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TOR Network Increasingly Being Abused by Cybercriminals: Kaspersky Lab

The TOR Network’s promise of anonymity is attractive for all kinds of Web users, human rights activists, political dissidents and everyday users concerned about privacy.

But this same anonymity also makes it attractive for cybercriminals.

The TOR Network’s promise of anonymity is attractive for all kinds of Web users, human rights activists, political dissidents and everyday users concerned about privacy.

But this same anonymity also makes it attractive for cybercriminals.

At Kaspersky Lab, researchers say there has been an uptick in criminal activity on TOR during the past few months.  

“Although the Tor infrastructure and cybercriminal resources are not on the same scale as the conventional Internet, we managed to find approximately 900 hidden services online at the current time,” blogged Sergey Lozhkin of Kaspersky Lab. “There are also approximately 5,500 nodes in total and 1,000 exit nodes, but the possibility of creating an anonymous and abuse-free underground forum, market or malware C&C [command and control] server is attracting more and more criminals to the Tor network.”

These underground marketplaces are used to move everything from drugs to weapons to malware. Carding forums are present as well, and stolen personal information is also for sale. Bitcoins play an important role in many of the transactions on these markets, Lozhkin explained.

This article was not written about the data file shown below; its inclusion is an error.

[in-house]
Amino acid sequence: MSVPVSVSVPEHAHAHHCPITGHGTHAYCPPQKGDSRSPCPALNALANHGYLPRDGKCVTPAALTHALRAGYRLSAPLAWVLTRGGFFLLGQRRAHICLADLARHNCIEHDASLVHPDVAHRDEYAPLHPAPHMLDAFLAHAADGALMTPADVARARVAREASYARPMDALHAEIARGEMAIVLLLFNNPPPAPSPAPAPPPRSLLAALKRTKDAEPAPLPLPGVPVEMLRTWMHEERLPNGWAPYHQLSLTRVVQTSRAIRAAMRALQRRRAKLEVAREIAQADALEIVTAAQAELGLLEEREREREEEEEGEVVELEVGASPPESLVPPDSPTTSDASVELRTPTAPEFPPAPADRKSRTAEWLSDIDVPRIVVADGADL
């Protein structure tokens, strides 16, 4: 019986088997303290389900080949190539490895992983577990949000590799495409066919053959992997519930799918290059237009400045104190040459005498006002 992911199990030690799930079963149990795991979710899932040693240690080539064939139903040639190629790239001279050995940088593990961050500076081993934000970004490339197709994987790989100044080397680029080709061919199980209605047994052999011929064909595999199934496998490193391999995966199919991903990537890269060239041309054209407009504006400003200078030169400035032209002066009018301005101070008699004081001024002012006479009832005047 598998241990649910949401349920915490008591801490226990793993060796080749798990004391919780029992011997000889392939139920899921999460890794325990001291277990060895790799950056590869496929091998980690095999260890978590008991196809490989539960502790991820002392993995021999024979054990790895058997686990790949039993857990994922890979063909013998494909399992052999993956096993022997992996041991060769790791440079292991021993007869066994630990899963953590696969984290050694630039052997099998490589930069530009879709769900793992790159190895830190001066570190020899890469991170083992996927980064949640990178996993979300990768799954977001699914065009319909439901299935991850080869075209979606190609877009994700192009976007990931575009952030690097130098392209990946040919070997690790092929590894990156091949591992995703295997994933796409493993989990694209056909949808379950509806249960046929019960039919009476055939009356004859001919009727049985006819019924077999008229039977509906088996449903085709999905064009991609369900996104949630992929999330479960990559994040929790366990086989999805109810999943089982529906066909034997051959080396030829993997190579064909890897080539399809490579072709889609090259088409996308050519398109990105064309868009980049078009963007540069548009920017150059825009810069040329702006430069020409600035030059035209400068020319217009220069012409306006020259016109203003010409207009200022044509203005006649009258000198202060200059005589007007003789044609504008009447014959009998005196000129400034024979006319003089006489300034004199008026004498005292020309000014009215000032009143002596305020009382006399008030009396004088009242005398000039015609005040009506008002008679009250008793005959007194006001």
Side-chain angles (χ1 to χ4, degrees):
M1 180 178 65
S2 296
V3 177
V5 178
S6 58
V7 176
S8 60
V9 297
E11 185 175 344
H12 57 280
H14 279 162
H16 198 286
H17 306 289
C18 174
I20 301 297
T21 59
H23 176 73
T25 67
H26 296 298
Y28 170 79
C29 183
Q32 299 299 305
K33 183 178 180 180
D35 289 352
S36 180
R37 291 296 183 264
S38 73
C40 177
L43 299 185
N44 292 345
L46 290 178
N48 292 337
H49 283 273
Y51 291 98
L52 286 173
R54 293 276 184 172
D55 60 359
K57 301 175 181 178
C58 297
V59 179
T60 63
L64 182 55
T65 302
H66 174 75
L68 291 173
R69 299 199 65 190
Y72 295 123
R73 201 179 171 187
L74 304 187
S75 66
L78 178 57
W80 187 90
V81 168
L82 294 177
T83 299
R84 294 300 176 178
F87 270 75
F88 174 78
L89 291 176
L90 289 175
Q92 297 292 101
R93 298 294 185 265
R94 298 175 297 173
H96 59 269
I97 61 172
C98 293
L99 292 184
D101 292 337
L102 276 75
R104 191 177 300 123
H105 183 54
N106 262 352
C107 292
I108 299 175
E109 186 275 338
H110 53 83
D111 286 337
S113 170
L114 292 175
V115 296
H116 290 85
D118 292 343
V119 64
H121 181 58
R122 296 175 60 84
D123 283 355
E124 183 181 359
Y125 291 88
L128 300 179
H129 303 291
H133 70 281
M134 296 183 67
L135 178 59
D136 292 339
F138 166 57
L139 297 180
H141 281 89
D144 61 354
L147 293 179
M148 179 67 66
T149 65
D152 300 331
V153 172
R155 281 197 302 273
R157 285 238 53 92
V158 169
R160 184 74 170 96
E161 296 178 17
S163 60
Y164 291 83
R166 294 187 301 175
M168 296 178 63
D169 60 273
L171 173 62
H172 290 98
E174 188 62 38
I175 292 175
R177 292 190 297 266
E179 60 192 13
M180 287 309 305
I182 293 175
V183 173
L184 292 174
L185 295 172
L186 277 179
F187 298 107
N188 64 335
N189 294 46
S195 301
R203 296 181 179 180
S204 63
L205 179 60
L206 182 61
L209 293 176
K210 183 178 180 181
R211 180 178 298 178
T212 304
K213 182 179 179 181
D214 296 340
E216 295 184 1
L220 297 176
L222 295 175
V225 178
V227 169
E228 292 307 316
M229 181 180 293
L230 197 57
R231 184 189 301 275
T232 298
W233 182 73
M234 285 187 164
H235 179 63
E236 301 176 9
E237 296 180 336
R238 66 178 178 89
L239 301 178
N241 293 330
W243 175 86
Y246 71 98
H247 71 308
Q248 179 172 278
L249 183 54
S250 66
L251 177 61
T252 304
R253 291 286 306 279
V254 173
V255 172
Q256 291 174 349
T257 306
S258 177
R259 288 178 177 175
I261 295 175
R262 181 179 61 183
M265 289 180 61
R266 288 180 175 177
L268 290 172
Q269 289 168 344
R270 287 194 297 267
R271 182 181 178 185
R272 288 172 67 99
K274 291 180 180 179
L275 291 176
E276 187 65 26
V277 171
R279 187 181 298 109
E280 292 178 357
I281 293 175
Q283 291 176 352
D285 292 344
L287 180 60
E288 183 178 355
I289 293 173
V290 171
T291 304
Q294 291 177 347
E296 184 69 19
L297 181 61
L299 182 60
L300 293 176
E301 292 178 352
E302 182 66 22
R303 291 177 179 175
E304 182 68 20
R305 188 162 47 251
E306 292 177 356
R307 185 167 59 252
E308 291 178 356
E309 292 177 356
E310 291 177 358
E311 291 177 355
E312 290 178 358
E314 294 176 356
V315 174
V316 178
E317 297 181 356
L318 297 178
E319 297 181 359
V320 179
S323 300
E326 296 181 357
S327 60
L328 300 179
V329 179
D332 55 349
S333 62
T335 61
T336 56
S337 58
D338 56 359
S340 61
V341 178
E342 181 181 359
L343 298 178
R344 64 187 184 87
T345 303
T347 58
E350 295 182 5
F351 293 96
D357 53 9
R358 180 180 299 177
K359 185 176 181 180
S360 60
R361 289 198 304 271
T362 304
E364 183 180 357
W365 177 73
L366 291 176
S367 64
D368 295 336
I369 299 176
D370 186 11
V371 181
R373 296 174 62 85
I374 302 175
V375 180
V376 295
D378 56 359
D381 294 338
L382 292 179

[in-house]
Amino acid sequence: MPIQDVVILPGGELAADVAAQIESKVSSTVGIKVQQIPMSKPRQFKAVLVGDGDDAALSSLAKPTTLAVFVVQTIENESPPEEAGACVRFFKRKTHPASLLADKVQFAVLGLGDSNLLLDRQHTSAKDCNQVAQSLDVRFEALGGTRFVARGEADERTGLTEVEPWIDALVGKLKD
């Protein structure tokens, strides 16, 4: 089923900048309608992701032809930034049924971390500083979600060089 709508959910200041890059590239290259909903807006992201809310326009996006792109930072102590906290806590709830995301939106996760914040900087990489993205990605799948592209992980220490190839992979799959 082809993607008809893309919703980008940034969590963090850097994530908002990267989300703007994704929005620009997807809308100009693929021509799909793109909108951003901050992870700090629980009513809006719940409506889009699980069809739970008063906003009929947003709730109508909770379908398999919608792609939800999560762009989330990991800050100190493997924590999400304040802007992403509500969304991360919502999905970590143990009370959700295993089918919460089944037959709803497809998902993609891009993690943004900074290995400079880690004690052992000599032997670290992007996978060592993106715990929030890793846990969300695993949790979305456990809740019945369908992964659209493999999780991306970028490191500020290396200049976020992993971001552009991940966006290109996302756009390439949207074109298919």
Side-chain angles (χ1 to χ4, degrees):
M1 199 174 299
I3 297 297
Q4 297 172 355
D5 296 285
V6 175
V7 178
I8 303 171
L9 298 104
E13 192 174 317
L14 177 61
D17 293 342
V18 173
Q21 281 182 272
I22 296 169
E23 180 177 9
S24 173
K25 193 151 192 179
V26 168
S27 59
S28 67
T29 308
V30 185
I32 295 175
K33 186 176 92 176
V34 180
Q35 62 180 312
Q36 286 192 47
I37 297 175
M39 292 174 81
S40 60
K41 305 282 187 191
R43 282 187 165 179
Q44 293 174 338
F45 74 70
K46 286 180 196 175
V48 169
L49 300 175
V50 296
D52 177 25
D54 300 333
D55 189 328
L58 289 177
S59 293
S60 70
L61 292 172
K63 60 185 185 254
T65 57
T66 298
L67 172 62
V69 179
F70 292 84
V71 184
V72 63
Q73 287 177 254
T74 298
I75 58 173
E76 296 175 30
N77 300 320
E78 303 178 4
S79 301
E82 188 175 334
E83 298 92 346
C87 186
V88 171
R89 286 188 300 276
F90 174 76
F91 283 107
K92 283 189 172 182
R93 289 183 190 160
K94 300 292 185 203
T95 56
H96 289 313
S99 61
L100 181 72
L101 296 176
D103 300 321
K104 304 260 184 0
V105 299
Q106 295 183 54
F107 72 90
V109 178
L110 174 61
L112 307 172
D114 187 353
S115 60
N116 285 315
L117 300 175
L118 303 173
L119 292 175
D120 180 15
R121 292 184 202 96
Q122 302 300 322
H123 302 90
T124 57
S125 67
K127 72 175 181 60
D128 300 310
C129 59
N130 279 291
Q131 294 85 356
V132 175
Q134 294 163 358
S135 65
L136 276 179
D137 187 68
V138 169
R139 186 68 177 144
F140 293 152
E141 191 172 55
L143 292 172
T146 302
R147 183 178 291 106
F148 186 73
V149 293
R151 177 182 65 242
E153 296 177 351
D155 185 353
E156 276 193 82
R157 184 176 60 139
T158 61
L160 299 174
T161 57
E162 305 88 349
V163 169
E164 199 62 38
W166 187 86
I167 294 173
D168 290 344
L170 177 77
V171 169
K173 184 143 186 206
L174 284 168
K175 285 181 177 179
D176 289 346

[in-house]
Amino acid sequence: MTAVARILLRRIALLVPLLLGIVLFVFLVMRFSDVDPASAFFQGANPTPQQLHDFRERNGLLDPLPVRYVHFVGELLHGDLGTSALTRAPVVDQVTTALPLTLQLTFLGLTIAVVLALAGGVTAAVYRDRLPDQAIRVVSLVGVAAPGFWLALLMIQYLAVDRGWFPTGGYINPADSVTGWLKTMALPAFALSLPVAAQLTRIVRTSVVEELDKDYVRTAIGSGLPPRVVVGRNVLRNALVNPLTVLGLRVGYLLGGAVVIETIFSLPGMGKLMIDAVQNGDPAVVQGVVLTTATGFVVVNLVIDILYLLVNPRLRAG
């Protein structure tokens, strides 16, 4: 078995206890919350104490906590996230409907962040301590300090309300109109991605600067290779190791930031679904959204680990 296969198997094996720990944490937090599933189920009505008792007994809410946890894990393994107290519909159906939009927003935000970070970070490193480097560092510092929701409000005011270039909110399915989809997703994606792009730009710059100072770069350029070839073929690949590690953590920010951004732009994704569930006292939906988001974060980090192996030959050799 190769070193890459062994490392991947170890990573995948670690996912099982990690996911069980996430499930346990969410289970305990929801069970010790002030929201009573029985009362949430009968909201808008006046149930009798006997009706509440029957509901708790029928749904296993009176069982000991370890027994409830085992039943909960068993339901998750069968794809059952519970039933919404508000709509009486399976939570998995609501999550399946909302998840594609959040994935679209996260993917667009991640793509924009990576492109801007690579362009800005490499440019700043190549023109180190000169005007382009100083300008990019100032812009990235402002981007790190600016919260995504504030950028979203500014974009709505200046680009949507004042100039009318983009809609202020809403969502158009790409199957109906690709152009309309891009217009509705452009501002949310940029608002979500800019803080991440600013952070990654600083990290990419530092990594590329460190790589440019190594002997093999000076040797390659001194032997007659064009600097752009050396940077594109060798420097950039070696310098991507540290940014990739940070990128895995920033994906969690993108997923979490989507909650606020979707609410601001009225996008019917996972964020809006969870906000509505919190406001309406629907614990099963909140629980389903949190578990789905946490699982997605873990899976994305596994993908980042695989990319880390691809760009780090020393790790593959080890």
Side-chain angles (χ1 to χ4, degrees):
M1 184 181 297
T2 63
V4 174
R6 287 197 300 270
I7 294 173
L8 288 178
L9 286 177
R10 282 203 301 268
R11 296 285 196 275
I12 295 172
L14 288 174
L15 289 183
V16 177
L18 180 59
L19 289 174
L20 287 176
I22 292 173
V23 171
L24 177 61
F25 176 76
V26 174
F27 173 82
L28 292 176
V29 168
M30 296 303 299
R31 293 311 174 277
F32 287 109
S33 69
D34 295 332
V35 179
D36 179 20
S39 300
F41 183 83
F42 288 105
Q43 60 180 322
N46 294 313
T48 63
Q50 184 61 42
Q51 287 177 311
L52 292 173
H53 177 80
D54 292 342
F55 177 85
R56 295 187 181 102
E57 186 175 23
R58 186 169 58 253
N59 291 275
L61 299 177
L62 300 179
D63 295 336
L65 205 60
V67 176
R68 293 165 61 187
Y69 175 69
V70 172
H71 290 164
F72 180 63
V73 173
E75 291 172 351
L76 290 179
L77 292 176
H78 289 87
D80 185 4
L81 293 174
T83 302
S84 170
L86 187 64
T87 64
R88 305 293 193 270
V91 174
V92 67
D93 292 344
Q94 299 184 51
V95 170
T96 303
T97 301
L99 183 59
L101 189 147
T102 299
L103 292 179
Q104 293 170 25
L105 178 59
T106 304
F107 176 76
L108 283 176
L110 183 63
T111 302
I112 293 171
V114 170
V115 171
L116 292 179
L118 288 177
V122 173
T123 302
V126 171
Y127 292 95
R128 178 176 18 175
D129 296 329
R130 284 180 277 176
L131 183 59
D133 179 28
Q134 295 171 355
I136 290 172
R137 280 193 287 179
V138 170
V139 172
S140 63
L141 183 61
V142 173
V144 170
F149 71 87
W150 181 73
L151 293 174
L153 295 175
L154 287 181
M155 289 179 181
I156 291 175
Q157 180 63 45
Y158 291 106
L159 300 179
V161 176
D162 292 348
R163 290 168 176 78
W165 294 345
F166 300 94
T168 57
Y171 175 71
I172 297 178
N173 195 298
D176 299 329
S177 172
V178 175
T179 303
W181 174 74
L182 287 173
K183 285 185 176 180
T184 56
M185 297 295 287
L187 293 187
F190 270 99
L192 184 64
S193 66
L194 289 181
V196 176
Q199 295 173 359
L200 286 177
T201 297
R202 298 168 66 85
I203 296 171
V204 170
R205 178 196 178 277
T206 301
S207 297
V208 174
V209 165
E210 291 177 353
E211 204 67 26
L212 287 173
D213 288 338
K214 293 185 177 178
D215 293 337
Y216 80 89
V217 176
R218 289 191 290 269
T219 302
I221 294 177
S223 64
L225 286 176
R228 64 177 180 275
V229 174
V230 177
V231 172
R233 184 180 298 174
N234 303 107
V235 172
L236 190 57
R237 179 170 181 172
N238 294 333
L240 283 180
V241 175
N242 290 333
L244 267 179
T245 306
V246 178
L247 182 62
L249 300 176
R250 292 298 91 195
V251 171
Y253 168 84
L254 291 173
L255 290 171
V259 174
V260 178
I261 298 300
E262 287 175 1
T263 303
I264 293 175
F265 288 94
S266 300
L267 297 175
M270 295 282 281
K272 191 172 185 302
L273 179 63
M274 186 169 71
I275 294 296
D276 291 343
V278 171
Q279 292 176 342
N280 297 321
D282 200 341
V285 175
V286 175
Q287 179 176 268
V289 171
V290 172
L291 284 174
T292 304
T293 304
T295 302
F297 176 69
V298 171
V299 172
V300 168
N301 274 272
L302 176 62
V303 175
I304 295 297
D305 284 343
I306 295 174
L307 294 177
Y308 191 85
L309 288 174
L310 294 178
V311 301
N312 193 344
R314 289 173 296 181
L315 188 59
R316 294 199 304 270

“Almost everything on the Tor network is bought and sold using bitcoins,” he blogged. “Although it’s almost impossible to make a connection between a bitcoin wallet and real person, it is possible to track bitcoin transactions as all of them are transparent and public, to build up a scheme of what’s going on and find out the most valuable transactions made via bitcoin exchange services. That’s why money laundering services exist on Tor. Cybercriminals can create an account, deposit bitcoins and they will be broken up into various quantities, transferred through dozens of different wallets to make any investigation highly complicated.”

There has also been an increase in the amount of malware using TOR to mask their command and control infrastructure. Some recent examples are a 64-bit version of Zeus detected a few months ago and a piece of malware known as ChewBacca linked to attacks on point-of-sale systems. Late last month, researchers at Kaspersky Lab also spotted malware aimed at Google Android using TOR to hide its command and control as well. 

“While cyber-criminals have been using Tor for many years to communicate or to hide their location, only recently we have started to see Tor functionality being included in the actual malware,” said Stefan Tanase, senior security researcher at Kaspersky Lab.

“Unfortunately there isn’t much that can be done differently in regard to criminal forums hosted on Tor hidden services,” he added. “While such forums are operating anonymously in the clear internet as well, the only way law enforcement manages to shut them down is through classic investigation techniques – such as following the trail of the money in most cases.”

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